Politics & Government

House Bill 2 repeal legislation sent to Senate committee that never meets

HB2: A timeline for North Carolina’s controversial law

North Carolina repealed HB2 in 2017 but left intact some of its provisions. But with Charlotte’s reputation tainted, the city is still paying to market itself to visitors.
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North Carolina repealed HB2 in 2017 but left intact some of its provisions. But with Charlotte’s reputation tainted, the city is still paying to market itself to visitors.

State Senate Democrats’ proposal to repeal House Bill 2 appears to be dead just a day after it was filed.

On Wednesday, Sens. Jeff Jackson of Charlotte, Terry Van Duyn of Asheville and Mike Woodard of Durham filed Senate Bill 784, which would repeal the controversial LGBT law in its entirety. The bill is identical to one filed Monday by House Democrats.

Senate leaders assigned the bill to committees on Thursday. Because of a budget item included, its first stop is the Senate Appropriations Committee. But if it gets approval from that panel, its second assigned stop is the Senate Ways and Means Committee – which is something of an inside joke in the Senate.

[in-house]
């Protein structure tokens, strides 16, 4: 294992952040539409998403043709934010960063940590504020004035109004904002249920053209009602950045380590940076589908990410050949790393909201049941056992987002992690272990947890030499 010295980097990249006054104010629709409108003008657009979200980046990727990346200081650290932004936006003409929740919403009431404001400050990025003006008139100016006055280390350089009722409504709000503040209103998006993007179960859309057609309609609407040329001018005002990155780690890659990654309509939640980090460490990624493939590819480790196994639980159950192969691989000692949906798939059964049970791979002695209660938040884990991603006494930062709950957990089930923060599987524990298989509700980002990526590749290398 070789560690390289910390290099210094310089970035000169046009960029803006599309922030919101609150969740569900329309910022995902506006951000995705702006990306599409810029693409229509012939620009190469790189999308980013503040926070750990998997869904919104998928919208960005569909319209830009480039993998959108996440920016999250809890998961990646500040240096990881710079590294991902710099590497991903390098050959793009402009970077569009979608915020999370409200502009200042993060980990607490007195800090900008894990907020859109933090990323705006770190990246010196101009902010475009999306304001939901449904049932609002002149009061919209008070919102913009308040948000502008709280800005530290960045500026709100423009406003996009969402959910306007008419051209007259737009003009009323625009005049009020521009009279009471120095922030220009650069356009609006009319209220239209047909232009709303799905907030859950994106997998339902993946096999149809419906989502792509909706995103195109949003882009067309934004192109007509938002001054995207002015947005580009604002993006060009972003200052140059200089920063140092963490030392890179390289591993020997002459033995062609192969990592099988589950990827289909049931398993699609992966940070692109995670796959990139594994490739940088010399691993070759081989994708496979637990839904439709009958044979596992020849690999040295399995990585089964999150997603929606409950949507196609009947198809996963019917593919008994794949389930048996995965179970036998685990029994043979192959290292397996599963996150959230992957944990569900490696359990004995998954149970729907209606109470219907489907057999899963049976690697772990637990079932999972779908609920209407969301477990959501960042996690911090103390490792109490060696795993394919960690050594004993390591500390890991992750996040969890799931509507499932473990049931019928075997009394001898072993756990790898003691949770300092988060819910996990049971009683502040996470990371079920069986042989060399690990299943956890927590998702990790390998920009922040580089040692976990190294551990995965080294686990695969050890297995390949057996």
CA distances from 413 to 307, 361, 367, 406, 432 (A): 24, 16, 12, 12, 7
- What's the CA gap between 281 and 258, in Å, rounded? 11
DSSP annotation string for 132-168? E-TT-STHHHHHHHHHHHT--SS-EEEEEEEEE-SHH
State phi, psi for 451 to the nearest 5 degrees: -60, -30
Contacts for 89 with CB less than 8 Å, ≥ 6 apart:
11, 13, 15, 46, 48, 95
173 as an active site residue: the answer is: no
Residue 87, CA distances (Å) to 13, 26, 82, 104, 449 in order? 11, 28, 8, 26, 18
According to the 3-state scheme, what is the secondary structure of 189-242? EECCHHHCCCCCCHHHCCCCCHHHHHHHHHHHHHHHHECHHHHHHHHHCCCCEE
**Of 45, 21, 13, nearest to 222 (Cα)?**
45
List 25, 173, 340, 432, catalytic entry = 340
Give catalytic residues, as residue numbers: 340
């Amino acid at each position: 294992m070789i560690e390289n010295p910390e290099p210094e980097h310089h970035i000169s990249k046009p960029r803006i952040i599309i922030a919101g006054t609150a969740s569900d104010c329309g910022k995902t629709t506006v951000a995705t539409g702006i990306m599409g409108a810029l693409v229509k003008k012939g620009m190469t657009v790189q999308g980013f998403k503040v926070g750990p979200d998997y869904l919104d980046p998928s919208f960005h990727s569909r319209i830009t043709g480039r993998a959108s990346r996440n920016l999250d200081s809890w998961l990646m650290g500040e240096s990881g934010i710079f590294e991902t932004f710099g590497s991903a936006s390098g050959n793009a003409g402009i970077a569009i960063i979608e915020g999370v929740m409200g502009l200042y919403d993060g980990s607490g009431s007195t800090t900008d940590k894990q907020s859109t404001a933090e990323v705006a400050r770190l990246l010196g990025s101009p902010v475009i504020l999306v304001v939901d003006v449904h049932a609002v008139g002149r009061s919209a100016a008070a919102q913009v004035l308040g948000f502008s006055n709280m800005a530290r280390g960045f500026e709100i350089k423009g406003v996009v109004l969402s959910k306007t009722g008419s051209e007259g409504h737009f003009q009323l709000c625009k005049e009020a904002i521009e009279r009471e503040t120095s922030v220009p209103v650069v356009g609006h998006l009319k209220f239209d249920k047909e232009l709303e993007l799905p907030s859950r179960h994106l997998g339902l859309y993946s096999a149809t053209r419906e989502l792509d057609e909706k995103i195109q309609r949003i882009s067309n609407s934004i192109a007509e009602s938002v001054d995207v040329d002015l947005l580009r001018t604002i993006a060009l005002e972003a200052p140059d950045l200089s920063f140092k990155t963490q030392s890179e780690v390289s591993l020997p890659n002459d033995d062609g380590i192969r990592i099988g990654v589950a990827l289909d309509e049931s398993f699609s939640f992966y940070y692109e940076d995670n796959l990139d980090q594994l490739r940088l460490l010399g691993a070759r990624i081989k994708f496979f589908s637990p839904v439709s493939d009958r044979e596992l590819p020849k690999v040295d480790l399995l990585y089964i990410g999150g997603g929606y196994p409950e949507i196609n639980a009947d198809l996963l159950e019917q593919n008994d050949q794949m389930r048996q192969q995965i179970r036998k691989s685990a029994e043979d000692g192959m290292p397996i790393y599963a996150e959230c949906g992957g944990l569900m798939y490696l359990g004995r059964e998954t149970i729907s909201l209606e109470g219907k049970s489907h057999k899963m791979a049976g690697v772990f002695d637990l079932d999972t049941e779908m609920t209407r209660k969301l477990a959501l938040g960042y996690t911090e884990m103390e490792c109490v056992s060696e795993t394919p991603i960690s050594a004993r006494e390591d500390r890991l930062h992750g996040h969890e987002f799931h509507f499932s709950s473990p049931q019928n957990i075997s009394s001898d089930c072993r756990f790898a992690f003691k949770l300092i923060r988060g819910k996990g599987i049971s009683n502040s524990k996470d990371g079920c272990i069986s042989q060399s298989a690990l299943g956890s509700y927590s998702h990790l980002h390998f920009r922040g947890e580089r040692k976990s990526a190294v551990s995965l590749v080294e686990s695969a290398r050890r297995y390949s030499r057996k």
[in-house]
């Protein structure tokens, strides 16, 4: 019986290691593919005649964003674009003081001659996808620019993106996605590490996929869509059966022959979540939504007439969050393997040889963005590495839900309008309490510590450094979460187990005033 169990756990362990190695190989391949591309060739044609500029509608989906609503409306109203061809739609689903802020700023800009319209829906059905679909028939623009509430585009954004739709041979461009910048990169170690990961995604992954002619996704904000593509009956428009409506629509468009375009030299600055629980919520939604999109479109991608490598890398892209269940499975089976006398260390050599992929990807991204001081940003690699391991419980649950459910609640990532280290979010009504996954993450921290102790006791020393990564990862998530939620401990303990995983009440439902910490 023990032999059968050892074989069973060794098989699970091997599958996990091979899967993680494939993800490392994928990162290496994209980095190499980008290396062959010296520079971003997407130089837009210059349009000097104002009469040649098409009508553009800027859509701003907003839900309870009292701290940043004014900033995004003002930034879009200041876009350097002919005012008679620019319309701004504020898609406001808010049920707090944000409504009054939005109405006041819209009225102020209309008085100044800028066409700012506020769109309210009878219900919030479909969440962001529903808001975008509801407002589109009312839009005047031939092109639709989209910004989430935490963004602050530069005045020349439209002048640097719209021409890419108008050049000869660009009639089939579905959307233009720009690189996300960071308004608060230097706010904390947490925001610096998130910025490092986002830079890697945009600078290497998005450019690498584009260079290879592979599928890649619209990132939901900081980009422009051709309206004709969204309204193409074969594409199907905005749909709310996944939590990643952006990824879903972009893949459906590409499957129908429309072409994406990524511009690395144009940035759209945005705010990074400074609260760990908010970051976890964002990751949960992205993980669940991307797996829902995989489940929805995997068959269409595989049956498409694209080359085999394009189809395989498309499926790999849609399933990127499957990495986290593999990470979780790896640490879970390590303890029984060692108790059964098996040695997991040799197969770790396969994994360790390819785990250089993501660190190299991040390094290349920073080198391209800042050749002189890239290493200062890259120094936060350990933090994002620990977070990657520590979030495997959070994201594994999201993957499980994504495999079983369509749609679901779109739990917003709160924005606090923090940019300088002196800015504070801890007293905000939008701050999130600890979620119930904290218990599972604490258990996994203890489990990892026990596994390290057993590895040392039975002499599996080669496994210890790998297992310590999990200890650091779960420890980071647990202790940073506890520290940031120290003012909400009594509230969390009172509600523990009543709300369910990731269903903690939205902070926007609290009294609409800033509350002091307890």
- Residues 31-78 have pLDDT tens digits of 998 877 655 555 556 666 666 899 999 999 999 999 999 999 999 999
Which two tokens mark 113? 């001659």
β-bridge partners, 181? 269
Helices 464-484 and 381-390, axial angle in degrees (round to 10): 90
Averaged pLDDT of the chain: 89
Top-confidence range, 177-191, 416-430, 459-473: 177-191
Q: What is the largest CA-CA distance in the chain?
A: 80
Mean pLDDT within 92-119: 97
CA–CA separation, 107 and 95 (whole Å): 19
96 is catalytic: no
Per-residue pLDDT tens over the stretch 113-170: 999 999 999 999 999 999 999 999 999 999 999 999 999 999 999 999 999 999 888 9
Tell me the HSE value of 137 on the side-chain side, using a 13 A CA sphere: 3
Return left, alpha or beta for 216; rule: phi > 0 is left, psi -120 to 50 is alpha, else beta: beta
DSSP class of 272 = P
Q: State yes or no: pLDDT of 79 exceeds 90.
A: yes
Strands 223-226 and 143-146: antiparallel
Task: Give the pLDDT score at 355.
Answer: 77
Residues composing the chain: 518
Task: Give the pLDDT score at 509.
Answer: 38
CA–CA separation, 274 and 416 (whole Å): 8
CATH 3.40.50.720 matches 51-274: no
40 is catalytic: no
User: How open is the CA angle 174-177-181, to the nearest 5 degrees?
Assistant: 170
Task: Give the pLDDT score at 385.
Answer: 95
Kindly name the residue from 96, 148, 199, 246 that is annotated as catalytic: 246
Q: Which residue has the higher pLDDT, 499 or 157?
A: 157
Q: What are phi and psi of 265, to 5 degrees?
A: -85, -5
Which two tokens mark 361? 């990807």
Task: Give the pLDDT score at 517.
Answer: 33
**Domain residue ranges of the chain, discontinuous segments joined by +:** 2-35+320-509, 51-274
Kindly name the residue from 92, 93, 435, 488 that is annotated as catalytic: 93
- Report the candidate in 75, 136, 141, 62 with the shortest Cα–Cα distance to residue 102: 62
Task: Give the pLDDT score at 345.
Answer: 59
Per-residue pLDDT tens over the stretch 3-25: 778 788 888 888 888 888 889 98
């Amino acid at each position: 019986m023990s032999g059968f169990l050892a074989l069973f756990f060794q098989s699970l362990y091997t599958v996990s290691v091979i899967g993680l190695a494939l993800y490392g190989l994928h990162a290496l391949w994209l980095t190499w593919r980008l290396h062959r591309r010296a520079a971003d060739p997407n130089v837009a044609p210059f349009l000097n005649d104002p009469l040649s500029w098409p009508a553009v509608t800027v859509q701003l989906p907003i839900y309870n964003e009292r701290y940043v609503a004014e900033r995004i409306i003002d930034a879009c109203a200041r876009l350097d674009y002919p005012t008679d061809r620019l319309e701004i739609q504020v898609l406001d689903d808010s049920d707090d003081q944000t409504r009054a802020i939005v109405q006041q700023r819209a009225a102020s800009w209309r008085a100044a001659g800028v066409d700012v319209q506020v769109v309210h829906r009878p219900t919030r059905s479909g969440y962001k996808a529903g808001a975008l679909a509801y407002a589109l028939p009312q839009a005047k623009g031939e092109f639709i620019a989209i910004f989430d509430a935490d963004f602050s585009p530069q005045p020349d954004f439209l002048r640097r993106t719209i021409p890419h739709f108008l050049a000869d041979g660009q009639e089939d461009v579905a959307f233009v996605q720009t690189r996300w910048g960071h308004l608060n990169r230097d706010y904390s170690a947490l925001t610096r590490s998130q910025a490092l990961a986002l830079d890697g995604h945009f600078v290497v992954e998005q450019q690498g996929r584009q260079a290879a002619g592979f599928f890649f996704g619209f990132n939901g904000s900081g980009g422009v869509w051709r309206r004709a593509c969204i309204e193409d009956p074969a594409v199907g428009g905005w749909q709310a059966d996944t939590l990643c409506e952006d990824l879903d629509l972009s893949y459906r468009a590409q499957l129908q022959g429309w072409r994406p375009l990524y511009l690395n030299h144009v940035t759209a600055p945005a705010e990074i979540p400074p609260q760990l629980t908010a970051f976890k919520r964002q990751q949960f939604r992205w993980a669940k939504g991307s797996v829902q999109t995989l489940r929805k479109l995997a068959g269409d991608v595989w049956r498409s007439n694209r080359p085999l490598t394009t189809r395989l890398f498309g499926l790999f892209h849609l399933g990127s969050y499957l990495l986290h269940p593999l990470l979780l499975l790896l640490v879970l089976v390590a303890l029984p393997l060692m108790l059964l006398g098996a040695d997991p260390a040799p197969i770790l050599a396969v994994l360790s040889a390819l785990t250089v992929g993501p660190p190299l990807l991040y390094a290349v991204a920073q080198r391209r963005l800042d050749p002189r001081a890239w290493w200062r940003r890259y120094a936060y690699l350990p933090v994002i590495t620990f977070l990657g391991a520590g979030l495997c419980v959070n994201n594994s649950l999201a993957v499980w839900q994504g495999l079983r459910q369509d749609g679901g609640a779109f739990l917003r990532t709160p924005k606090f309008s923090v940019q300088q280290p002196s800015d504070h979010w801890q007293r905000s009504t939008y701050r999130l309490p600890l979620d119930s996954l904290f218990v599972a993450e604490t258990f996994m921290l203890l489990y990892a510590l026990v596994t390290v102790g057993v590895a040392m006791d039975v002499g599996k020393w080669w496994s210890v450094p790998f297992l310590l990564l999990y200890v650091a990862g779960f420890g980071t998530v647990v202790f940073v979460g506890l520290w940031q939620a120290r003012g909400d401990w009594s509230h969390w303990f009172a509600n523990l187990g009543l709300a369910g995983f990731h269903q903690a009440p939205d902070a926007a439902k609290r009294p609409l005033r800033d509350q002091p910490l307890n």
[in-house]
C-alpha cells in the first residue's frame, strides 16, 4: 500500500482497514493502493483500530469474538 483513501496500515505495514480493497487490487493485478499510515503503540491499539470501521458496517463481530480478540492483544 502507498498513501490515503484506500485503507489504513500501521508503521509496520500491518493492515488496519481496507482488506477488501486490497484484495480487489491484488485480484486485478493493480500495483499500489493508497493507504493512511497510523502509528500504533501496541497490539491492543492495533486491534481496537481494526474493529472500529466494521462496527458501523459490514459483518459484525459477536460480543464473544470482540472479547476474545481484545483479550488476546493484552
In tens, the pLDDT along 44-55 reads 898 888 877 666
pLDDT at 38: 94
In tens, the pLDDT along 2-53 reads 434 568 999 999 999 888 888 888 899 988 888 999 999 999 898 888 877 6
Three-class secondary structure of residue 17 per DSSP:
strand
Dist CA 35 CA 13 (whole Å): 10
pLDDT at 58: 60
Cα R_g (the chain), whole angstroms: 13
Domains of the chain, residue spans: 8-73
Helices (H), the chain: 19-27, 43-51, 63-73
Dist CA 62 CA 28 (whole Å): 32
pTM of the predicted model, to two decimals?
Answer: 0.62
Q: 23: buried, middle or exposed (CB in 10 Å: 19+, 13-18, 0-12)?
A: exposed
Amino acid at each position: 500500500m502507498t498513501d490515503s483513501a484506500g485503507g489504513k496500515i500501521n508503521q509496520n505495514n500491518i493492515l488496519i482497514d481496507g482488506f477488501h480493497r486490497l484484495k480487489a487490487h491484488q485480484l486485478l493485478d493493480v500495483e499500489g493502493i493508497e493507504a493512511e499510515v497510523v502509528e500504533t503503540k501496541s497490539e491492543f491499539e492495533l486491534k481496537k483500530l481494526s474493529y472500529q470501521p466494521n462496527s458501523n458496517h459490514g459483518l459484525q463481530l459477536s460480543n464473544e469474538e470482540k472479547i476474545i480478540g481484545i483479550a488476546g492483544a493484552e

The three-member Ways and Means Committee hasn’t held a meeting in years. It’s widely known as the graveyard of the Senate – the place where Senate Rules Chairman Tom Apodaca sends legislation that he wants to kill.

So it’s virtually certain that the repeal bill will never make it to the Senate floor for a full vote.

Meanwhile, the House Democrats’ repeal bill has been referred to the Judiciary IV Committee, which is where House Bill 2 had its first hearing in March. That means the committee’s co-chairmen, Republican Reps. Rob Bryan of Charlotte and Hugh Blackwell of Burke County, get to decide if and when the bill gets a hearing. Both legislators are supporters of House Bill 2.

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